Windows

OpenSolaris gets CIFS

OpenSolaris, the open-source varient of Sun's Solaris, is getting an in-kernel CIFS (Common Internet File System) service. This will allow Microsoft users to store and retrieve files from an OpenSolaris system.

OpenSolaris, the open-source varient of Sun's Solaris, is getting an in-kernel CIFS (Common Internet File System) service. This will allow Microsoft users to store and retrieve files from an OpenSolaris system.

The in-kernel implementation of CIFS in Solaris will result in it gaining tight integration with NFS, ZFS and Active Directory. Why not just use Samba, you ask.

Sun's Alan Wright explains:

There is a common misconception that Windows interoperability is just a case of implementing file transfer using the CIFS protocol. Unfortunately, that doesn't get you very far. Windows interoperability also requires that a server support various Windows services, typically MSRPC services, and it is very sensitive to the way that those services behave: Windows inter- operability requires that a CIFS server convince a Windows client or server that it "is Windows". This is really only possible if the operating system supports those services at a fundamental level.

According to the Register:

Sun will incorporate CIFS Server in the 'Indiana' release of OpenSolaris, due out in the first half of 2008. It probably won't hit the commercial version of Solaris for a year or so...

So there you go. Sun is really serious about being king of the storage (and server) hill.

About

Paul Mah is a writer and blogger who lives in Singapore, where he has worked for a number of years in various capacities within the IT industry. Paul enjoys tinkering with tech gadgets, smartphones, and networking devices.

2 comments
TheGooch1
TheGooch1

To my knowledge, all of the Sun systems my employer has purchased come with Solaris ( SunOS ). So where does OpenSolaris fit in? Is this an upgrade to Solaris? Thx.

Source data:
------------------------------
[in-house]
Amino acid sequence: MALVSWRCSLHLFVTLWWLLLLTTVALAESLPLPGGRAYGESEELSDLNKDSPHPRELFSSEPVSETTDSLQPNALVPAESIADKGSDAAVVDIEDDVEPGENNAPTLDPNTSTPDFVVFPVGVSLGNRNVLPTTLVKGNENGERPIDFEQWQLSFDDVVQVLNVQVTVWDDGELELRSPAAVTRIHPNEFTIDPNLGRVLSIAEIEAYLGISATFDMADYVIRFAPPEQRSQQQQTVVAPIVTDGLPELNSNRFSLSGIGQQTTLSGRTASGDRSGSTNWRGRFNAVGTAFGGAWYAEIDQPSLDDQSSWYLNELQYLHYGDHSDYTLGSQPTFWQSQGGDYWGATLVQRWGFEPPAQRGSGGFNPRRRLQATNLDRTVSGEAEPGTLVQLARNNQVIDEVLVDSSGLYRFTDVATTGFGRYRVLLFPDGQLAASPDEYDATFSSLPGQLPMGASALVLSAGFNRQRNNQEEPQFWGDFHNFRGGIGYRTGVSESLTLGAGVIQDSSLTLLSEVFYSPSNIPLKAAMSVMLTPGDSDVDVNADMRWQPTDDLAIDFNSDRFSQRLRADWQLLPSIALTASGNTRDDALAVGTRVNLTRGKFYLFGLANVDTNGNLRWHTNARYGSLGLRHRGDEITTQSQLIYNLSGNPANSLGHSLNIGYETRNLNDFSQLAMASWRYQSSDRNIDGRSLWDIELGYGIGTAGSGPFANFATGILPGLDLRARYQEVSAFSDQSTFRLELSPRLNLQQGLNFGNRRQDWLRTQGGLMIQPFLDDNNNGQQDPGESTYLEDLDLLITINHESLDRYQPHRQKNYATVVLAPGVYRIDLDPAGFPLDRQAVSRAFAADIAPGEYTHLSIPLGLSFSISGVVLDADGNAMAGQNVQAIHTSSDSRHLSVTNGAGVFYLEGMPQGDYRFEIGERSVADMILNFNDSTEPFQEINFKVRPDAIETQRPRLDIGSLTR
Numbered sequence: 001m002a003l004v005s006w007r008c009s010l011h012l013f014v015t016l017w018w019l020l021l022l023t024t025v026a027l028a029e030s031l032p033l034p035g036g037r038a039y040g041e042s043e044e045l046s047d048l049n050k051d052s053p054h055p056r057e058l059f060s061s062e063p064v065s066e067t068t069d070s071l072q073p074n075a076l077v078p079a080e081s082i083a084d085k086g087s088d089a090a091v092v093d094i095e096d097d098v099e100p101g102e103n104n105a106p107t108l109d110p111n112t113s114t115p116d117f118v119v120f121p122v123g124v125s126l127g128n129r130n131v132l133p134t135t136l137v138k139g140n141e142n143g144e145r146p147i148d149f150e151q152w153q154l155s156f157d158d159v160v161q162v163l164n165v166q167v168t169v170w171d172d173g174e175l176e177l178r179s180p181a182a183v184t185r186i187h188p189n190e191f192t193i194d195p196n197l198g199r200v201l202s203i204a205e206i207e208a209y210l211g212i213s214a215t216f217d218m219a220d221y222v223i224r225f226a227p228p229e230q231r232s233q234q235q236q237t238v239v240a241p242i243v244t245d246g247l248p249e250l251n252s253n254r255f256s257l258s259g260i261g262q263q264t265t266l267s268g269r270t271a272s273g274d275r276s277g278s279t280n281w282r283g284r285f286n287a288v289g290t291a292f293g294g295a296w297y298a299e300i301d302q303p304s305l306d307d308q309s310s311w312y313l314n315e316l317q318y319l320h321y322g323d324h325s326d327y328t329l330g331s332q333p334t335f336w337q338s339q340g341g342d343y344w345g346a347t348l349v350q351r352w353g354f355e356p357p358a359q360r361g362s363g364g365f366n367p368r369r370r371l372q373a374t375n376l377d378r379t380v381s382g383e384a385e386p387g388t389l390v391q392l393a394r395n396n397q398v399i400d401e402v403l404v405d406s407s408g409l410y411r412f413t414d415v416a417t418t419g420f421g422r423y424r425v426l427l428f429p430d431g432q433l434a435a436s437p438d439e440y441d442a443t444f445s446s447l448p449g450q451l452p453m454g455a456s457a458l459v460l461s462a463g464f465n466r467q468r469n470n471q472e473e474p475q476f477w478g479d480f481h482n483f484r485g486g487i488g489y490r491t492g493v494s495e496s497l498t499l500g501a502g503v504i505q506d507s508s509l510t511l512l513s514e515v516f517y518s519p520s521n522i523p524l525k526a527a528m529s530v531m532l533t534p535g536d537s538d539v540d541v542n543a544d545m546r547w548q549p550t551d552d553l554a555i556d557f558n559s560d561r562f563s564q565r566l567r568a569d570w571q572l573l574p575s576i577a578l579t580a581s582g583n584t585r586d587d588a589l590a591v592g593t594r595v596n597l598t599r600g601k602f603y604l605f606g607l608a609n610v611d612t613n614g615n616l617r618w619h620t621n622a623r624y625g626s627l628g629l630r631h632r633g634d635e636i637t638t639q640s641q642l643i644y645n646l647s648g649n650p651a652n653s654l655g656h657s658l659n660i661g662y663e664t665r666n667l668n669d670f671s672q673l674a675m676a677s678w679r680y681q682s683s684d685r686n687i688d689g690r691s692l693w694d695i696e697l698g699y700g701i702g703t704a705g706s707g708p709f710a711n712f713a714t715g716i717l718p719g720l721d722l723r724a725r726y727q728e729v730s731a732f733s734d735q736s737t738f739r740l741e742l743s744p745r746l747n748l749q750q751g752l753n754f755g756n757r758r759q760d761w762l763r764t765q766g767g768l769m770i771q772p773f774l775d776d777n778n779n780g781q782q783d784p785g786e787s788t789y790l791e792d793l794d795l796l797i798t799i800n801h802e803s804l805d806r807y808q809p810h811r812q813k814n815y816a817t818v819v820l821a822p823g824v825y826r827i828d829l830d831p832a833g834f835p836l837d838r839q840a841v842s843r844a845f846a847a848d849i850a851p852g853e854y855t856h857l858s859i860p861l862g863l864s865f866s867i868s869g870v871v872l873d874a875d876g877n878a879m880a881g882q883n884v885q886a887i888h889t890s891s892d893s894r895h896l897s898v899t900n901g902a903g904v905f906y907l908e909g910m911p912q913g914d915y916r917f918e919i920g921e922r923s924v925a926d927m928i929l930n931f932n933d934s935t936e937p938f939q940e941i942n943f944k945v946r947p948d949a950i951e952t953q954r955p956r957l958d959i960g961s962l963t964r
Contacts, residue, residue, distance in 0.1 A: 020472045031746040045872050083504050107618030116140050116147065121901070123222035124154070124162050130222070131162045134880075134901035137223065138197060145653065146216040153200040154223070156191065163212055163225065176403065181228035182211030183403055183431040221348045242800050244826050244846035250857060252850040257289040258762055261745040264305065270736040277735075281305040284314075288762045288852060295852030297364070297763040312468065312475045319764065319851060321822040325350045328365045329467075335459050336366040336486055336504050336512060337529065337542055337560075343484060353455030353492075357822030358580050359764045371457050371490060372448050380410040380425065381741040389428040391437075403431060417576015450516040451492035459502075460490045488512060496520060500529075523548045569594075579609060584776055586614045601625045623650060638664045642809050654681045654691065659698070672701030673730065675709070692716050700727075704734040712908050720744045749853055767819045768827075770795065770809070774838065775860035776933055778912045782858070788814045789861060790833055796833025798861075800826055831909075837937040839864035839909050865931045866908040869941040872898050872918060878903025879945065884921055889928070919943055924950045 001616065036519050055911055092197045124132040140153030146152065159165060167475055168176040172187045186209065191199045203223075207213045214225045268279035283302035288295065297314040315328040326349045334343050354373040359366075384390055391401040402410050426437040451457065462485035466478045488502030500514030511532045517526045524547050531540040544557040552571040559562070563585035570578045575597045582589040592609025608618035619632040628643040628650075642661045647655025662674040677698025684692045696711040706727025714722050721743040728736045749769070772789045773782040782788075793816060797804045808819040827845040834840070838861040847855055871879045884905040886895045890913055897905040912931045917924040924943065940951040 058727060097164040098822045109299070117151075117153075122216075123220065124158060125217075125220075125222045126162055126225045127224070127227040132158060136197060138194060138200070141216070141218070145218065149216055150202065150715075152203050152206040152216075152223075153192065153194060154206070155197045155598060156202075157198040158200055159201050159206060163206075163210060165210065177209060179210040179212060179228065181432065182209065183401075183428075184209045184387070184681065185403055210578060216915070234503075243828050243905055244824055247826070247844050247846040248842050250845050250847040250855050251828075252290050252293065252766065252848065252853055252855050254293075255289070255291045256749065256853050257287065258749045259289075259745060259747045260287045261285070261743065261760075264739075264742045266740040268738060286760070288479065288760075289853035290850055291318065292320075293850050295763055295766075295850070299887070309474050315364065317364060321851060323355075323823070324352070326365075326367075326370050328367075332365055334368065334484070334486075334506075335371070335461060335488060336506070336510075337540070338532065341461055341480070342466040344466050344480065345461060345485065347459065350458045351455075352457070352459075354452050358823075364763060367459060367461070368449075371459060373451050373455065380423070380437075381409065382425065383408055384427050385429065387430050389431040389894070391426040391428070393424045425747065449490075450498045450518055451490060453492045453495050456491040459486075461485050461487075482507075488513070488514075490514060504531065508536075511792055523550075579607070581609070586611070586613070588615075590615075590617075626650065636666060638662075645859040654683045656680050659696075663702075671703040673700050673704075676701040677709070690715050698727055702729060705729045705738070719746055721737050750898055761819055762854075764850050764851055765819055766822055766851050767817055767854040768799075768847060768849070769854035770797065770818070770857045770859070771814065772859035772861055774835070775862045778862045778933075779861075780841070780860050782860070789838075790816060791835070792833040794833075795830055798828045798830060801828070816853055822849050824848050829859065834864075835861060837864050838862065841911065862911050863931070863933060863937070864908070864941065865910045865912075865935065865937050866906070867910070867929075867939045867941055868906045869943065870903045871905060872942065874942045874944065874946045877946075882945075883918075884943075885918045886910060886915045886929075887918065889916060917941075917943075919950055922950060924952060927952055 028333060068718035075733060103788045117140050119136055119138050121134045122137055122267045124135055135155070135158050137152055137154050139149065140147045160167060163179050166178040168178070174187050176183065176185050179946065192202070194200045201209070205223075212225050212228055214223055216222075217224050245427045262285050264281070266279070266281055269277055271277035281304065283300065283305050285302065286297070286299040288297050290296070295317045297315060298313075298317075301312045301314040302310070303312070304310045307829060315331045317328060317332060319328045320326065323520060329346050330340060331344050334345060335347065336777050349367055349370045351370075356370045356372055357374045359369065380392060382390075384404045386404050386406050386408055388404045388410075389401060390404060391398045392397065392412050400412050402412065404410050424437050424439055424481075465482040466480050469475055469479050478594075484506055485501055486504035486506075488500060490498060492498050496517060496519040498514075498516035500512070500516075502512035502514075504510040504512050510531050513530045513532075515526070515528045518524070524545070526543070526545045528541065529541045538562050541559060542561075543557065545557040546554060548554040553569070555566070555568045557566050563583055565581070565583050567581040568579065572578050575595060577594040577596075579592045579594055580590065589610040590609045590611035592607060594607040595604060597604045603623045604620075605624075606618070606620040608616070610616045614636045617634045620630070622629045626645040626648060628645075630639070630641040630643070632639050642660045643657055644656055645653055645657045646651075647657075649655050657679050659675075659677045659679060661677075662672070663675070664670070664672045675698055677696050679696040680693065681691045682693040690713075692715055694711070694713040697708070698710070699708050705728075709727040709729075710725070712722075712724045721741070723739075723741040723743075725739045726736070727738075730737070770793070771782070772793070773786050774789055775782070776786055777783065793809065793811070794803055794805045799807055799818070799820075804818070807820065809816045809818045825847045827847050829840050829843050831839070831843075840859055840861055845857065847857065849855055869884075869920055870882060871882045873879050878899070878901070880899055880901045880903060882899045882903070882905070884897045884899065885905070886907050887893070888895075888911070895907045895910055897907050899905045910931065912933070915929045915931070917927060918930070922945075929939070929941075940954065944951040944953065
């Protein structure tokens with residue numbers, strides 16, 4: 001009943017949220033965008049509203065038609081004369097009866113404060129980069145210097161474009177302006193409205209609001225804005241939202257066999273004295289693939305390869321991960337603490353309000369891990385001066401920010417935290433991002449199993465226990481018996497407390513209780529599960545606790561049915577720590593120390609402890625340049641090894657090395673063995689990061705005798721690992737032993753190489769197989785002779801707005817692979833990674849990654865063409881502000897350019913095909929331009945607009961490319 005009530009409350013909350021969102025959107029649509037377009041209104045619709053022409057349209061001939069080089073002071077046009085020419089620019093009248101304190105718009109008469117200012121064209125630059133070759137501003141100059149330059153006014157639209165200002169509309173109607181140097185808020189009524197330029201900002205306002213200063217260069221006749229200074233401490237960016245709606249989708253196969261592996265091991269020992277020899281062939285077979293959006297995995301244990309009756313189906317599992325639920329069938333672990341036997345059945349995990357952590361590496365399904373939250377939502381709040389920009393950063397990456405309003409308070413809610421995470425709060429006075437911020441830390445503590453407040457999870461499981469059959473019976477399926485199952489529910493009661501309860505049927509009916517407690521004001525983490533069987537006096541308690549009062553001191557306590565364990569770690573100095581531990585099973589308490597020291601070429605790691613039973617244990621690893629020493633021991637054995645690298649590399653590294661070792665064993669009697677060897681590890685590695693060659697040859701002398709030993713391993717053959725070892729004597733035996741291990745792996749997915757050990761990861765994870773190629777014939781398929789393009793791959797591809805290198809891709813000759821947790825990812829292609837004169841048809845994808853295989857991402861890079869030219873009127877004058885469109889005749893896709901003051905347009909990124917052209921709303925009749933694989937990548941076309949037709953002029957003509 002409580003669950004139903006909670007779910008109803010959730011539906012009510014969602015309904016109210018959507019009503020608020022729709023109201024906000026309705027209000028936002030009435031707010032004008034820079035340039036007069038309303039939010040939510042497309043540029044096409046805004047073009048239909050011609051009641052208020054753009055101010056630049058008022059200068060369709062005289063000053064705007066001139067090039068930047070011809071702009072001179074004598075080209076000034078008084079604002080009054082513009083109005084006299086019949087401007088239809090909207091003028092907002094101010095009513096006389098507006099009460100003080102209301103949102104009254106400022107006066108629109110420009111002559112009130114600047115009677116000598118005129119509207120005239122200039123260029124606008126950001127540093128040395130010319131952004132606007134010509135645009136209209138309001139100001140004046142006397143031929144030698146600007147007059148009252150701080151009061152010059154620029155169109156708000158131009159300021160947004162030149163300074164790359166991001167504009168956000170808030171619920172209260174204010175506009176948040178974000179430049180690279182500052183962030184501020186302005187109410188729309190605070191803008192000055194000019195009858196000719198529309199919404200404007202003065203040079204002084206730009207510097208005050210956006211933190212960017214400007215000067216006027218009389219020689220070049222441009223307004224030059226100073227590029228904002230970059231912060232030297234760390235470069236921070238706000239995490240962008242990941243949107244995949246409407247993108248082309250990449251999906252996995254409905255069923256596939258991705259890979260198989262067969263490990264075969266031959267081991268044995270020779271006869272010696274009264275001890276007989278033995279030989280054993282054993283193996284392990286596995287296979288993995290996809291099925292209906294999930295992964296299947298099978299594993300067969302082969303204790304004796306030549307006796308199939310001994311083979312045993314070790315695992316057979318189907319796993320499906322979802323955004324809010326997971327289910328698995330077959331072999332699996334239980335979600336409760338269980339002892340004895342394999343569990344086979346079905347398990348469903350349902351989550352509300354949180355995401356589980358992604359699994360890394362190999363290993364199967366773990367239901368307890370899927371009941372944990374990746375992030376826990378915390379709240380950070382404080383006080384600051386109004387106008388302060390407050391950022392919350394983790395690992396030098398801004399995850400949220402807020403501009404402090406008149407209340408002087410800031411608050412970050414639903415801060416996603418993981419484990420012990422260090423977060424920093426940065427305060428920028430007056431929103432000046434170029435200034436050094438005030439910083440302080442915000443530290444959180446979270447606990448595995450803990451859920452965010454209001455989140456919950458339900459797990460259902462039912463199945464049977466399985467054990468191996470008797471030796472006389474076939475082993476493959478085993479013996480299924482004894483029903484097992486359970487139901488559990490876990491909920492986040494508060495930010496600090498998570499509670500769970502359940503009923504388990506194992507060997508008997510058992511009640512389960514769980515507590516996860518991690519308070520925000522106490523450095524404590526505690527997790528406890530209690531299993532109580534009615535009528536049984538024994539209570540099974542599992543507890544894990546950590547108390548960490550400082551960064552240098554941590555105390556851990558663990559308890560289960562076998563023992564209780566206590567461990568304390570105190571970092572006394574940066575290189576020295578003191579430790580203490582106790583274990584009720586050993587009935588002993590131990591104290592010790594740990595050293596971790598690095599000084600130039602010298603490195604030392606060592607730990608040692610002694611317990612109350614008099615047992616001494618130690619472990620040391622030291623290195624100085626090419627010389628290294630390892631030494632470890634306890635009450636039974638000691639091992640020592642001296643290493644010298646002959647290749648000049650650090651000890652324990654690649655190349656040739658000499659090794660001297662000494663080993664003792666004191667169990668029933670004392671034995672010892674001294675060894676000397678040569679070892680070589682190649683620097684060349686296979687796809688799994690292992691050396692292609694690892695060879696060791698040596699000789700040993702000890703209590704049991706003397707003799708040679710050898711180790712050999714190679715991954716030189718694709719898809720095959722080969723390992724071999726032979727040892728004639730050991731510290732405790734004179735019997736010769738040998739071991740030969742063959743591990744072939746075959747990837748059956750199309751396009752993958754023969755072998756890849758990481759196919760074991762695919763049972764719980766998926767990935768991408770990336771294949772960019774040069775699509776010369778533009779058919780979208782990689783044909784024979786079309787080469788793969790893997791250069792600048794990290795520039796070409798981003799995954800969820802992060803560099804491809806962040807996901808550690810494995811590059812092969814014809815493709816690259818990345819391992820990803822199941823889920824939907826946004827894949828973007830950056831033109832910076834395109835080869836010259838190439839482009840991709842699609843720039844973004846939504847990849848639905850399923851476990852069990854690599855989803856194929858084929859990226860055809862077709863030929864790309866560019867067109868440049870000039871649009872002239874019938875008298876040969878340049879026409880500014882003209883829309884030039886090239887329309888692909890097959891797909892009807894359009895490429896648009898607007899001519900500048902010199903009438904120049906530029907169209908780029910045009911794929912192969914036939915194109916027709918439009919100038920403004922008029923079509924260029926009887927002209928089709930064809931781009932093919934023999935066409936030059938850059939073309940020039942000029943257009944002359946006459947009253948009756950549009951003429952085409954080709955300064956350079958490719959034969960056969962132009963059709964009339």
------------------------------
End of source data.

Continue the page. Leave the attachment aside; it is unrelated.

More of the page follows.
TechExec2
TechExec2

. OpenSolaris is an open source operating system project based on Unix System V, sponsored by Sun, and an open source community. It is a development project, not an end-user OS product like Solaris OS or Ubuntu Linux for example. Solaris OS continues unaffected as Sun's fully supported OS product. Future versions of Solaris OS will be based on technology from the OpenSolaris project, but the two are separate operating systems. Your employer's Sun systems will continue running Solaris (unless s/he wants to enter the open source OS development business that is ;-) ). [b]More information[/b] Ultimately, Sun intends to contribute as much of the Solaris OS source code to OpenSolaris as legally possible. Some code is contributed in binary form only. Essentially, OpenSolaris is an open source development ground for Solaris that leverages the open source community model. About licensing: Most code in OpenSolaris is licensed under a Sun-authored open source license called the CDDL, a variant of the MPL (Mozilla Public License). Other code that is part of the OpenSolaris OS is licensed under other licenses (e.g. MIT, SGI Free B, FreeType). Note: The CDDL license is not legally compatible with code licensed under the GPL. OpenSolaris http://www.opensolaris.org/os/ OpenSolaris http://en.wikipedia.org/wiki/OpenSolaris

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